- What the Administration Actually Can Do on Drug Pricing
- February 26, 2016
- Law Firm: Mintz Levin Cohn Ferris Glovsky Popeo P.C. - Boston Office
The President’s budget makes clear for all to see that the Administration wants to do something related to drug pricing. Unfortunately for the Administration, most of their proposals require Congressional authority that have virtually no chance of passing this year. Therefore industry stakeholders MUST be on high alert for actions the Administration might take where they already have authority.
The budget is chock full of proposals that would save billions of dollars, mostly funded by drug and biologic manufacturers. Many proposals we have seen before such as (i) the Part D rebate proposal, (ii) moving Part B payments from ASP+6 to ASP+3, (iii) allowing government negotiation for high-cost drugs and biologics, or (iv) reducing the exclusivity period for biologics from 12 to 7 years. These proposals all could have a tremendous impact on stakeholders, but it is extremely unlikely any of them could get through the current Congress.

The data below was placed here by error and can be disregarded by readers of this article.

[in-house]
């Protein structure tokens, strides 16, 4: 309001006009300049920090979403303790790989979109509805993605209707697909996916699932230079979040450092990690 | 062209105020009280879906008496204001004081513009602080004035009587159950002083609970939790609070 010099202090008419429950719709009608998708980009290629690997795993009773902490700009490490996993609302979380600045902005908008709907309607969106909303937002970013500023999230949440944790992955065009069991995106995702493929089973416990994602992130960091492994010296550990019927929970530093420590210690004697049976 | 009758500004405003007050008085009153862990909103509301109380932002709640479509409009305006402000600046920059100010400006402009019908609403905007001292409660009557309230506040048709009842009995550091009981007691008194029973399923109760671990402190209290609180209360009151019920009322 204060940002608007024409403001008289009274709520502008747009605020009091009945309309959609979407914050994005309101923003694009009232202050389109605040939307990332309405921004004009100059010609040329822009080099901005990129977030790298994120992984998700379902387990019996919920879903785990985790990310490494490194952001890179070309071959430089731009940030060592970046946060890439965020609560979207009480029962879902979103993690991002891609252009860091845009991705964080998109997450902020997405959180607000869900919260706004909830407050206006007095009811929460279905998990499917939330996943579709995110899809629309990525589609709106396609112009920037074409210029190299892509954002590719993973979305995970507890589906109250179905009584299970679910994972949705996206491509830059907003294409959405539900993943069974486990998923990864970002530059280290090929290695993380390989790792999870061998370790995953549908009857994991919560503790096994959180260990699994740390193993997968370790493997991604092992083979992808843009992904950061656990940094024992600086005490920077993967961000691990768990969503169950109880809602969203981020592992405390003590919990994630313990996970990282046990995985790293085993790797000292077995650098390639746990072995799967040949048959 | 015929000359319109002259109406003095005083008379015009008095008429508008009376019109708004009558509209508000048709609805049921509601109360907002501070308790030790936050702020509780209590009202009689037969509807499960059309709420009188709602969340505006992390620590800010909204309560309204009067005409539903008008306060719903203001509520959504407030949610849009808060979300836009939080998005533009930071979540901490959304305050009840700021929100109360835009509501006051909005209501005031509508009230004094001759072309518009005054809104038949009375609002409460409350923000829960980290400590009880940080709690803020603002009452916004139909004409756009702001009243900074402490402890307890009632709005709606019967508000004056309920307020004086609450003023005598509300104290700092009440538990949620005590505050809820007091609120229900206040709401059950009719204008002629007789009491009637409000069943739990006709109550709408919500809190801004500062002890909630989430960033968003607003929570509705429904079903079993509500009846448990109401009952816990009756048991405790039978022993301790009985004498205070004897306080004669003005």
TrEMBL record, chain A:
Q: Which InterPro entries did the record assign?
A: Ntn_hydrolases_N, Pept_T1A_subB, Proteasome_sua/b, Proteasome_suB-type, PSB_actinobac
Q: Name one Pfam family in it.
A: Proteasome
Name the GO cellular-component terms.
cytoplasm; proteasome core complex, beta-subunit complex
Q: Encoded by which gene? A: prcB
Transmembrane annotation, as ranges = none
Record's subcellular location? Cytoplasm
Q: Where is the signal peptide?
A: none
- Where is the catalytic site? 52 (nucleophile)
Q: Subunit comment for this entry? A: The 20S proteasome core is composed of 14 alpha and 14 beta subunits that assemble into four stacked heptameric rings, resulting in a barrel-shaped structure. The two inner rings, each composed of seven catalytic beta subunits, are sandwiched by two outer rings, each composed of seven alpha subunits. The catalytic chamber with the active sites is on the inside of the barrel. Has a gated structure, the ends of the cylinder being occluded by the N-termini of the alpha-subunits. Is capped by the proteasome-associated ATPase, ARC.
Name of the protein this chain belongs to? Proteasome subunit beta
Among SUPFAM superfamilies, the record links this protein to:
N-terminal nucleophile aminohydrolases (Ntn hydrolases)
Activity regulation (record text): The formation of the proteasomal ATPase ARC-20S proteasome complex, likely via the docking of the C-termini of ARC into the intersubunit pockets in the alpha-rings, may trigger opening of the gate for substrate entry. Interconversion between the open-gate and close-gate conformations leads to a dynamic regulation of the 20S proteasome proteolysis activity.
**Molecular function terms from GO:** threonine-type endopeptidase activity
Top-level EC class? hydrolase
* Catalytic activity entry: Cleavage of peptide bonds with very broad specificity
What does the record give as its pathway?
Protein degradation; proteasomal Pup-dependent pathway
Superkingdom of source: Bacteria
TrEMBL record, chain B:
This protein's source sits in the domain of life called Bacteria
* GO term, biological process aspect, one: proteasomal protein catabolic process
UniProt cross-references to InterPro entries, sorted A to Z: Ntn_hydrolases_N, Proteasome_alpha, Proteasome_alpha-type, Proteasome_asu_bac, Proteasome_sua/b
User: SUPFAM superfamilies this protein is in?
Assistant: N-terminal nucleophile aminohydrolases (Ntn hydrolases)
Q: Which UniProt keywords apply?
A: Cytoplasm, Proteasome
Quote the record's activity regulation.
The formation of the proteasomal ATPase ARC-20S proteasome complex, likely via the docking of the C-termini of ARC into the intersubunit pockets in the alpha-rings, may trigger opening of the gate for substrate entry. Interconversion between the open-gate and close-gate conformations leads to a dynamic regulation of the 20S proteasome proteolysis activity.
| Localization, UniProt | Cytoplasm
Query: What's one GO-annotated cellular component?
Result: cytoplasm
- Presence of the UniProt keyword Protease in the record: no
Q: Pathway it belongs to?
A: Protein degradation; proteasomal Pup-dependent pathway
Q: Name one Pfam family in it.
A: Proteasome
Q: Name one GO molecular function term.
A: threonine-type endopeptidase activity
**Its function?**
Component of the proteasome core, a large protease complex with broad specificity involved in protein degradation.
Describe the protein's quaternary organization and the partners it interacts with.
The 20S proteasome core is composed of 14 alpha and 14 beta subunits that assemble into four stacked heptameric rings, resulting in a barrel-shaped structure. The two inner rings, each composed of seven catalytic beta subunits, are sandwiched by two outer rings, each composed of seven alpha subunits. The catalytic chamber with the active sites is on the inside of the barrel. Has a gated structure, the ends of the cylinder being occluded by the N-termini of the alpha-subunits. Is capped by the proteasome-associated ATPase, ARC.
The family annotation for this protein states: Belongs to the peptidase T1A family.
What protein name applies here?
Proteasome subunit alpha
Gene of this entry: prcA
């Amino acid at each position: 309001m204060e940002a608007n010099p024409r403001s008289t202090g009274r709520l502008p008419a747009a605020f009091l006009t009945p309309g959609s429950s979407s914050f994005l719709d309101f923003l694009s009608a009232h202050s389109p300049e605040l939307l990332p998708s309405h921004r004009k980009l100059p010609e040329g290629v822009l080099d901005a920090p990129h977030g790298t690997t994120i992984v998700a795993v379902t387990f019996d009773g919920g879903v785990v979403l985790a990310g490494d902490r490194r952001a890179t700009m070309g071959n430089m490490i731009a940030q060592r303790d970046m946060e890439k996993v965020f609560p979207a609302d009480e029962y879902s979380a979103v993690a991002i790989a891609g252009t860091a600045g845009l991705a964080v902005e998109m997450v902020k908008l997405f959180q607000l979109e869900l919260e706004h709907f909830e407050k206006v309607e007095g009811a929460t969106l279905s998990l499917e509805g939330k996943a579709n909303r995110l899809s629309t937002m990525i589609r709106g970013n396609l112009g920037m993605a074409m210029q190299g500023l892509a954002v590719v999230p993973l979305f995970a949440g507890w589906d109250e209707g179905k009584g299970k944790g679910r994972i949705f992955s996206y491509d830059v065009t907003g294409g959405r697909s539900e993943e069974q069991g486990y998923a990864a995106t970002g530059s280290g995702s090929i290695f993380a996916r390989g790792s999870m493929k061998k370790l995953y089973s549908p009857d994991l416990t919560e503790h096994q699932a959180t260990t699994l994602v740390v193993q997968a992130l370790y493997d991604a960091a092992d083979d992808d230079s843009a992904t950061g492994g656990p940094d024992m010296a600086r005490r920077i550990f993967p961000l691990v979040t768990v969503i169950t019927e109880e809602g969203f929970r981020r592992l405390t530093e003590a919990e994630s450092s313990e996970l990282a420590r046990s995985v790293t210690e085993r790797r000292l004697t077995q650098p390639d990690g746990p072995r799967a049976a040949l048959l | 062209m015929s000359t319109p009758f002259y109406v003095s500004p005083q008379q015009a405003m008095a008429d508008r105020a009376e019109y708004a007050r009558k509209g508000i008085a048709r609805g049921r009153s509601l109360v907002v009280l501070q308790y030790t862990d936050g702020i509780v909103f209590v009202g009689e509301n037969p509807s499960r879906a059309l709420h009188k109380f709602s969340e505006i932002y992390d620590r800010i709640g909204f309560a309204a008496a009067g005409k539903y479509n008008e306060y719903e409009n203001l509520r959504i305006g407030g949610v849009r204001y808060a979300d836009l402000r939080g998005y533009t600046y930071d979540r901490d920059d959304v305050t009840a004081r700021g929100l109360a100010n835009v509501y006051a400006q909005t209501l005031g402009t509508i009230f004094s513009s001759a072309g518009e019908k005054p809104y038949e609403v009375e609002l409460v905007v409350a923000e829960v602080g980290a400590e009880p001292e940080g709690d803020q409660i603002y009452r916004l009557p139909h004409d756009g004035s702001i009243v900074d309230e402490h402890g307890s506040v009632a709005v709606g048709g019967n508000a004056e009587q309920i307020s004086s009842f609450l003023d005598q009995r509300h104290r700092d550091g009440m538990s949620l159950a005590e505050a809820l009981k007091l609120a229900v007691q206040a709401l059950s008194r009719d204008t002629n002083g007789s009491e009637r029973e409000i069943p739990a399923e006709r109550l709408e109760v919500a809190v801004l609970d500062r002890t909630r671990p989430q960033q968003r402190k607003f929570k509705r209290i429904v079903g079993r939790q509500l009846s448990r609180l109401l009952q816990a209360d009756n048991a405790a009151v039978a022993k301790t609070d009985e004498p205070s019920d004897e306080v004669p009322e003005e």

Industry stakeholders would be well advised to focus on what the Administration can do without Congress. The Affordable Care Act created the Center for Medicare and Medicaid Innovation (CMMI) and granted it omnipotence and omniscience. Essentially, if CMMI thinks a policy idea could save money, they are empowered to implement it.
Last Friday, CMS posted an agency notice to contractors of the intent to test new payment methodologies through CMMI for Part B drugs. Currently, Part B drugs are reimbursed under the ASP +6 regime. CMS quickly pulled the notice from their website and have publicly retreated from the notion that any policy changes are forthcoming. But due to the beauty or horror that is the internet, nothing every truly goes away. When you look at the notice, CMS is not kidding. While details are not absolutely clear from the notice, it certainly suggests CMS has put significant work into preparing to test new methodologies.
It’s hard to miss the big proposals in the budget with the big savings numbers attached. But the far more interesting action is with CMS’s “now you see it, now you don’t” notice that could lead to real policy changes in 2016.